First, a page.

Anti-fraud controls: Internal controls are, of course, fundamental to most organizations and have been the subject of decades of work at the regulatory and congressional level. For example, companies often require multiple signatures for transactions above a certain value. This basic but important requirement limits access to disbursements and places responsibility for approval at the appropriate management level.

Hall suggests that financial professionals familiarize themselves with the history of controls generally and with their own companies' controls. But he doesn't dwell on the specifics when speaking with a general audience.

Instead, he asks how people behave under the controls.

Anti-fraud behavior: "We want to make sure that employee and manager behaviors fully support the anti-fraud intention of control procedures," Hall said.

Too often, he finds managers ignoring the true purpose of controls — for instance, by signing off on purchases without truly examining the documentation.

"It can be the lack of skills. It can be the lack of time, the lack of energy, of boss support," he said. Any of those factors can produce a "rift" where managers aren't upholding the purpose of a control. And in 90% of the fraud cases he's seen, Hall said, he has found flawed or inadequate human execution of controls to be the root cause.

The best way to detect a rift, he said, is to spend time on the frontlines. That could include testing samples of transactions and asking managers about how they handled unusual transactions — what he calls "strange, odd, or curious" triggers that catch an employee's attention.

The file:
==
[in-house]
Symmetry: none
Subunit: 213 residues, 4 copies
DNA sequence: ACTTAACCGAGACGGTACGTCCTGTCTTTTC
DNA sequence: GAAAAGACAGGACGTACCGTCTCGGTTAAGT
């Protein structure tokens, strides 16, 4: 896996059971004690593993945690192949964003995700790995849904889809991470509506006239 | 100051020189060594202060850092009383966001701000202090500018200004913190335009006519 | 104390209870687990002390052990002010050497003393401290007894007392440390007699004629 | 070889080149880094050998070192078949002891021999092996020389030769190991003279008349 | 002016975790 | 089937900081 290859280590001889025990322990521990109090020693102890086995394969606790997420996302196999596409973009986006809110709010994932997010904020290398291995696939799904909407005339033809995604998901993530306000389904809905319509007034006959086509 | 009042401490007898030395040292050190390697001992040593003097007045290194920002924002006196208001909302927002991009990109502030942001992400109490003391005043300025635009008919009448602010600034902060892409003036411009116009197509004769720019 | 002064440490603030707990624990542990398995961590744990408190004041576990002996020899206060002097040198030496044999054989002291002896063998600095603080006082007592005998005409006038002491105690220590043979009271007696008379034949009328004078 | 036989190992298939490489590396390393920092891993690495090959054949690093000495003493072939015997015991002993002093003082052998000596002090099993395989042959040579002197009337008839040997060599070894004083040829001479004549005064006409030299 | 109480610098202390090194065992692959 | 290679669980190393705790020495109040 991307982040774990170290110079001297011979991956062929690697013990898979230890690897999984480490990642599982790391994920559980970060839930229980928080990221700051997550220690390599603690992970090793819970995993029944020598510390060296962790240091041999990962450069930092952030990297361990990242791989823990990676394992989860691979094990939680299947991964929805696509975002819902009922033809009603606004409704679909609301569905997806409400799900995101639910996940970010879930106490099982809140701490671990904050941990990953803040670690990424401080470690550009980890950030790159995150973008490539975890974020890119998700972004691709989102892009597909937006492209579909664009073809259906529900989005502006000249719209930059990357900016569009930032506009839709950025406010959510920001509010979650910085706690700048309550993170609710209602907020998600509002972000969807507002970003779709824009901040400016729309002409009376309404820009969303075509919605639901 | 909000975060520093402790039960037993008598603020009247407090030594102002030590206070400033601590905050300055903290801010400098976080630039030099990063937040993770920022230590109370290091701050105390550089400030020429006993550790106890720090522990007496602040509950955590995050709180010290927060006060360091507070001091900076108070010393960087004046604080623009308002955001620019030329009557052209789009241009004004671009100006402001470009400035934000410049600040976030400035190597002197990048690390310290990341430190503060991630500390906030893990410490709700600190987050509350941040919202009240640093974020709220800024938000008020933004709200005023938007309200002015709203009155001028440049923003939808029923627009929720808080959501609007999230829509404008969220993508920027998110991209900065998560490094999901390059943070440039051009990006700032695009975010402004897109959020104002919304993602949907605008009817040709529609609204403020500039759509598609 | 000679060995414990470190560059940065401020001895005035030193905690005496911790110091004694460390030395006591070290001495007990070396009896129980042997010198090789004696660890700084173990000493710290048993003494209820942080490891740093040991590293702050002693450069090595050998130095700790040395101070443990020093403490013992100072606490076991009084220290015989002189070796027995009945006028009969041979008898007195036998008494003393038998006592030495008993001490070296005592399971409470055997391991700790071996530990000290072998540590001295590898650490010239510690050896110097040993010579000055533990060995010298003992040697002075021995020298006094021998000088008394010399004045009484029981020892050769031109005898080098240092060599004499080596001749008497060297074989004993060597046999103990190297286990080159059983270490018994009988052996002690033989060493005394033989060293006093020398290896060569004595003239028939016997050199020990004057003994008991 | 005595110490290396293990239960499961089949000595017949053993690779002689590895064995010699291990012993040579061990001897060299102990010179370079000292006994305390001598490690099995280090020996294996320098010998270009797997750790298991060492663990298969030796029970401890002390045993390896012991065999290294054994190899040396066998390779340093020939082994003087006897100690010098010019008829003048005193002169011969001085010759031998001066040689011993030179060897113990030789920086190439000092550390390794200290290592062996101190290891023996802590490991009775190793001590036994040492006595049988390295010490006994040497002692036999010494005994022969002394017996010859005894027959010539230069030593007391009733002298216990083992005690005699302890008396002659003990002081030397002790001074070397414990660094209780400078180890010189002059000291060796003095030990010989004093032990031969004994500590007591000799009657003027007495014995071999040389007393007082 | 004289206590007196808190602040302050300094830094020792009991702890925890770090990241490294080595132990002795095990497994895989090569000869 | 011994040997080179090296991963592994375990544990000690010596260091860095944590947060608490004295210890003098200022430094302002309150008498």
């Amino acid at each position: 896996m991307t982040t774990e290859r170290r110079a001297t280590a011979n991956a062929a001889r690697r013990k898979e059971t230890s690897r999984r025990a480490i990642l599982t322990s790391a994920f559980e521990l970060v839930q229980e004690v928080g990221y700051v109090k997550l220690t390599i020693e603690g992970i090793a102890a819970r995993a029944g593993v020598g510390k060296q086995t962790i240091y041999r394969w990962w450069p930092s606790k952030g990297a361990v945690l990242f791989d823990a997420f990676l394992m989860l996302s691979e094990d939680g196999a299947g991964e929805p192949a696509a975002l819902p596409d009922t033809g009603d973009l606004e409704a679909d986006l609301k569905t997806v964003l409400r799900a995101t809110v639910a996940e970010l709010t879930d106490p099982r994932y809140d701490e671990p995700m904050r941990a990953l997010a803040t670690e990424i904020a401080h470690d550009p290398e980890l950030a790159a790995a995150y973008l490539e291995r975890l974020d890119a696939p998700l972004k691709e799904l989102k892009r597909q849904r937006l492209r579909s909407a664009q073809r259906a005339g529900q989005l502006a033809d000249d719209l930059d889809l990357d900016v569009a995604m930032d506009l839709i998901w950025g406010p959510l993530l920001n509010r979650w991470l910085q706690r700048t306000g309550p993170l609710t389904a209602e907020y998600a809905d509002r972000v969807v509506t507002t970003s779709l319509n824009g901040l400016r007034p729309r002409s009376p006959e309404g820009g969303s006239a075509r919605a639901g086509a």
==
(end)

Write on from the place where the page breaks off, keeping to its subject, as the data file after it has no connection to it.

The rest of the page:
Training for the "anti-fraud moment": Anti-fraud training is the final piece of Hall's defensive wall. Training sessions, he said, should be light on theory. Instead, he focuses on the moments where employees are called upon to enact anti-fraud controls.

"What do I need to know in the moment that I either pick up a pen or reach for a mouse and place my name and reputation on a transaction?" Hall said. "I call that the anti-fraud moment. 'I'm the gatekeeper right now. What do I need to know before I open up the gate?' Everything else is secondary."

In preparation for that moment, managers should be learning how to employ critical analysis to question whether, for example, a purchase or invoice looks suspect.

Hall offers numerous questions to be asked, including:

  • Are you familiar with the vendor?
  • Have the goods or services been provided?
  • How do you know that the prices were reasonable, and by what standard?

For purchasing and timecards, managers can be trained to look for suspicious patterns and encouraged to follow up on red flags.

Hall also likes to begin trainings by having participants calculate the potential cost of fraud to their organization, making the risk tangible.

Above all, he urged finance professionals to remember that the anti-fraud fight is unfamiliar territory for many colleagues.

"We are asking our supervisors and managers to do something that some, even most, simply don't know how to do," he said. "What a great leadership opportunity to demonstrate our knowledge and add measurable bottom-line value."

— Andrew Kenney is a freelance writer based in Colorado. To comment on this article or to suggest an idea for another article, contact Neil Amato, a JofA senior editor, at Neil.Amato@aicpa-cima.com.